Your eye - How you see
Understanding glaucoma requires a basic understanding of the eye, its various parts, and how it works.
The eye captures visual information about the world and sends it in the form of nerve impulses to the brain. The brain processes this information into the "pictures" we see.
The outer, white layer of the eyeball is the sclera, a tough, leathery protective shell.
The front, transparent portion of the shell is the cornea, through which light enters the eye. The cornea is much like the lens of a camera, providing the eye with much of its focusing power.
The coloured portion of the eye is the iris. The iris contains muscles that control the size of the pupil. This regulates the amount of light entering the eye. The pupil constricts in bright light and dilates in dim light, adjusting the amount of light that passes through to the retina. The difference between blue and brown irises is the amount of pigment in the front portion of the iris.
The anterior chamber, or front compartment of the eye, is filled with a clear watery fluid called aqueous. Aqueous is continuously made by the ciliary body, a tiny gland behind the iris. Aqueous provides the structures of the eye with oxygen and vital nutrients. The aqueous is also responsible for the pressure (IOP) inside the eye. This pressure is necessary to maintain the shape of the eye.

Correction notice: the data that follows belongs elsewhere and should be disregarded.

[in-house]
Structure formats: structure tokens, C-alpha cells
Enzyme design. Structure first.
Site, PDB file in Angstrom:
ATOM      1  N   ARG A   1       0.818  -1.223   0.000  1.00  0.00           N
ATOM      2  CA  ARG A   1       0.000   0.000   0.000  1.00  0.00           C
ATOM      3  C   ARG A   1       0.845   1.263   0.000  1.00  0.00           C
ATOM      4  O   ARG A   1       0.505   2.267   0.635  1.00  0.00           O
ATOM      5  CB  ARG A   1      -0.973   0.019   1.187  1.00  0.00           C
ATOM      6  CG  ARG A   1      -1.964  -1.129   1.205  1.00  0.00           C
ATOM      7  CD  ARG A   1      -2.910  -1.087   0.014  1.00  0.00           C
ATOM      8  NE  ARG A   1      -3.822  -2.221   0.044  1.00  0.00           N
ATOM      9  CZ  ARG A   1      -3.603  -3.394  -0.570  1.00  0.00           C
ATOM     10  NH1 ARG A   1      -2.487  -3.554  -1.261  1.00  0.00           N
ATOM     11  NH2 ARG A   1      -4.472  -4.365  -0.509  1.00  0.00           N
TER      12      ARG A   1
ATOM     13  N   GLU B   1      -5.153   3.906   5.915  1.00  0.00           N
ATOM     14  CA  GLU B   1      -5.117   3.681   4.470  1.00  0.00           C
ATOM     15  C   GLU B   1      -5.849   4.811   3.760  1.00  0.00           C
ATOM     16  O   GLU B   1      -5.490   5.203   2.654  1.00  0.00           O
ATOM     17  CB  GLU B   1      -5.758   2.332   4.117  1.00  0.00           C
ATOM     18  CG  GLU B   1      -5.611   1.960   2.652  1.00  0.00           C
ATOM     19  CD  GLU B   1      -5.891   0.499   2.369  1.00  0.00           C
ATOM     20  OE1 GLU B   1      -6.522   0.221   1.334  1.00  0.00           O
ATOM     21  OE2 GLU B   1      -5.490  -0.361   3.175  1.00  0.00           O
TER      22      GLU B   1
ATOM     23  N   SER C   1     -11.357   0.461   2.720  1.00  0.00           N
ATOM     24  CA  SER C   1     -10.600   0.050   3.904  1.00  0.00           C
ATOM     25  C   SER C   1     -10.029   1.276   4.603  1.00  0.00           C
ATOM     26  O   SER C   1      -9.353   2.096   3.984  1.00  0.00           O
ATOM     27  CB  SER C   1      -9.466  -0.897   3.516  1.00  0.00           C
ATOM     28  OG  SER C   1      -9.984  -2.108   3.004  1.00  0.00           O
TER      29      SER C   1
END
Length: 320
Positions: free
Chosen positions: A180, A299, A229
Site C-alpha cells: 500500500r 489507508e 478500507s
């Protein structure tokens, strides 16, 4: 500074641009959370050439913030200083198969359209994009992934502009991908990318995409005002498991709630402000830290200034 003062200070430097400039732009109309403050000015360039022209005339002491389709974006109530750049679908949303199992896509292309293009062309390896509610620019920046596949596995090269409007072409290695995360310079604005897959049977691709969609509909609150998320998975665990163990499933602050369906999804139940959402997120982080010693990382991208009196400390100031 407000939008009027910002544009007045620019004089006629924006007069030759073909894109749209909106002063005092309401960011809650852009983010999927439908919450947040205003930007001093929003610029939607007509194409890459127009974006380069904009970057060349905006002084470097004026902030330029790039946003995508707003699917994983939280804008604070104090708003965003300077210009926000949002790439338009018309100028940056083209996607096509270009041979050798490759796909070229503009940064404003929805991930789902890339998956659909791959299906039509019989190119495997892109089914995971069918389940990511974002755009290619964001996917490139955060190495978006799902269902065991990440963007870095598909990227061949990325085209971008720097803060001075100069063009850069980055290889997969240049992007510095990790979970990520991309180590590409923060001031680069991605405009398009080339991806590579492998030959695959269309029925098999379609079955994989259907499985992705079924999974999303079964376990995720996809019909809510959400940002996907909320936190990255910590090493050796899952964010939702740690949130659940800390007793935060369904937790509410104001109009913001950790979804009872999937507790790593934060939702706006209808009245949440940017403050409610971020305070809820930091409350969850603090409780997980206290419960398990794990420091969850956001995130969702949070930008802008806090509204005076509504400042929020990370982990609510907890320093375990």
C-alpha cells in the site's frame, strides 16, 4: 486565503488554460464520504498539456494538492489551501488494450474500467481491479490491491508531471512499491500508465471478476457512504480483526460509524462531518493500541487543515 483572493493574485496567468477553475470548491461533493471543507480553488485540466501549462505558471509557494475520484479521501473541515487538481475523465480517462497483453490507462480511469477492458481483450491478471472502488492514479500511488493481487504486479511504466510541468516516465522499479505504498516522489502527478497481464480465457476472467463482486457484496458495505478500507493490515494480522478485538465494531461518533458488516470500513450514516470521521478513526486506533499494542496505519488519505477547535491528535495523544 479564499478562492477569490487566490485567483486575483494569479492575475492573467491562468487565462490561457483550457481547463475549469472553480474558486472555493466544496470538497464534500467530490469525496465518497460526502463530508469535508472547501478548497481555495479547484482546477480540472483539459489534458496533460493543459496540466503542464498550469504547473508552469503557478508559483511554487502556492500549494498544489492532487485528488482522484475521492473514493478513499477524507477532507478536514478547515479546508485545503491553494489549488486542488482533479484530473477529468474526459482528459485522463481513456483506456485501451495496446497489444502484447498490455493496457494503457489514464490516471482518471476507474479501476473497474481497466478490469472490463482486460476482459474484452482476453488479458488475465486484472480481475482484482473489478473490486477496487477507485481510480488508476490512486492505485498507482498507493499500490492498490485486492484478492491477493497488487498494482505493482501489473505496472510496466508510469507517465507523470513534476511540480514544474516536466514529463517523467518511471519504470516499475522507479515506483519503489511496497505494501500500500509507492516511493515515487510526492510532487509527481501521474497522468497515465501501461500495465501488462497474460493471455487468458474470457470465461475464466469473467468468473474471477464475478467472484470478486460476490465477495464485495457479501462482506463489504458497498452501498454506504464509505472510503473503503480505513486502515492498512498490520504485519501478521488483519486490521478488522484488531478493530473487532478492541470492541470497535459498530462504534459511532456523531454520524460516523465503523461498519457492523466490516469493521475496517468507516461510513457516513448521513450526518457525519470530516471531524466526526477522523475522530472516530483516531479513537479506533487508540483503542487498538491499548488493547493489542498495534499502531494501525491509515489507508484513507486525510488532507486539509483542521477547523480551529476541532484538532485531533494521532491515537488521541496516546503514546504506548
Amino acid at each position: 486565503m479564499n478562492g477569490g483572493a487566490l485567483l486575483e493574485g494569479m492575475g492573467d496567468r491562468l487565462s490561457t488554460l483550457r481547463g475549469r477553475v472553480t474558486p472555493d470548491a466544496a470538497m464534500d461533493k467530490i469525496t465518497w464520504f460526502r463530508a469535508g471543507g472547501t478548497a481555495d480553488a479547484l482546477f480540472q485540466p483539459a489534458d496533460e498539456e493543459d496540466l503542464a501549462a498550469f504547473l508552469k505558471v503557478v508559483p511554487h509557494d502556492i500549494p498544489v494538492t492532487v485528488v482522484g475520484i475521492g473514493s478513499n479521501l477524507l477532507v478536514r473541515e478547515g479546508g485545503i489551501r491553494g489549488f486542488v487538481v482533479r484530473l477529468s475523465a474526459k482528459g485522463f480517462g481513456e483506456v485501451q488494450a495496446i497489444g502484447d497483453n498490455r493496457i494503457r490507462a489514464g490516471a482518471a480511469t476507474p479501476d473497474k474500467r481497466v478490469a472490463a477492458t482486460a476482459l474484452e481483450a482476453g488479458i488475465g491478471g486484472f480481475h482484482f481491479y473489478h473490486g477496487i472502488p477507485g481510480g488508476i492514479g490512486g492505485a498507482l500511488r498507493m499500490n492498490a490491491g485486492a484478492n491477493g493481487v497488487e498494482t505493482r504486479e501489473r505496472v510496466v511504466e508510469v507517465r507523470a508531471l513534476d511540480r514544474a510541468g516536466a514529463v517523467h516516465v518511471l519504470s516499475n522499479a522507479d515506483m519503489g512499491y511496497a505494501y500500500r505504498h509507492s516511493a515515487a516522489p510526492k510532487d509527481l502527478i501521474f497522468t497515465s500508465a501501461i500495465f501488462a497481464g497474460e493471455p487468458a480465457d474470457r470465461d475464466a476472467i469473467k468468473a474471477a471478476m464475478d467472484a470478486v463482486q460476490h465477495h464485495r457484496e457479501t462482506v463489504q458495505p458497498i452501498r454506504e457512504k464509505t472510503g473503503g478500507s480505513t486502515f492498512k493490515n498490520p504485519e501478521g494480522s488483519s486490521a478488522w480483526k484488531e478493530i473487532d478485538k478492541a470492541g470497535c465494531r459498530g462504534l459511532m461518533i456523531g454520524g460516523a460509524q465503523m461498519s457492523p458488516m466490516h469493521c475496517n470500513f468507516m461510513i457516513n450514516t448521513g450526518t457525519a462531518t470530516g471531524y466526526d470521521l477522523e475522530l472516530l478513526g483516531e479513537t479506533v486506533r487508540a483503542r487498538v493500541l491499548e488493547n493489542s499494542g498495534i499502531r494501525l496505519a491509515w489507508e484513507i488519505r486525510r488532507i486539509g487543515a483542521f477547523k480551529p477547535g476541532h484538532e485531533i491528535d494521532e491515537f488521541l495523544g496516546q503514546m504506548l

Aqueous fluid then leaves the anterior chamber at the open angle where the cornea and iris meet. When the fluid reaches the angle, it flows through a spongy meshwork, like a drain, and leaves the eye. The fluid then drains back into the bloodstream. Normally, the amount of fluid produced is balanced by the amount draining away, so the pressure in the eye stays constant. In glaucoma the fluid drains too slowly out of the eye, fluid builds up and pressure rises.
The lens behind the iris is transparent like the cornea. The lens adjusts its shape and thickness to focus the image onto the retina. When we read, the eye accommodates to refocus a near image. The ability to accommodate decreases steadily throughout life. Presbyopia occurs when there is not enough accommodative power remaining to read without glasses, usually in the early 40s.
After passing through the lens, the light reaches the retina. The retina then delivers electrical signals to the optic nerve.
The optic nerve is made up of over one million nerve cells. The optic nerve carries visual information to the brain. The brain processes these signals into a "picture", or visual image. In glaucoma damage to the optic nerve results in loss of vision.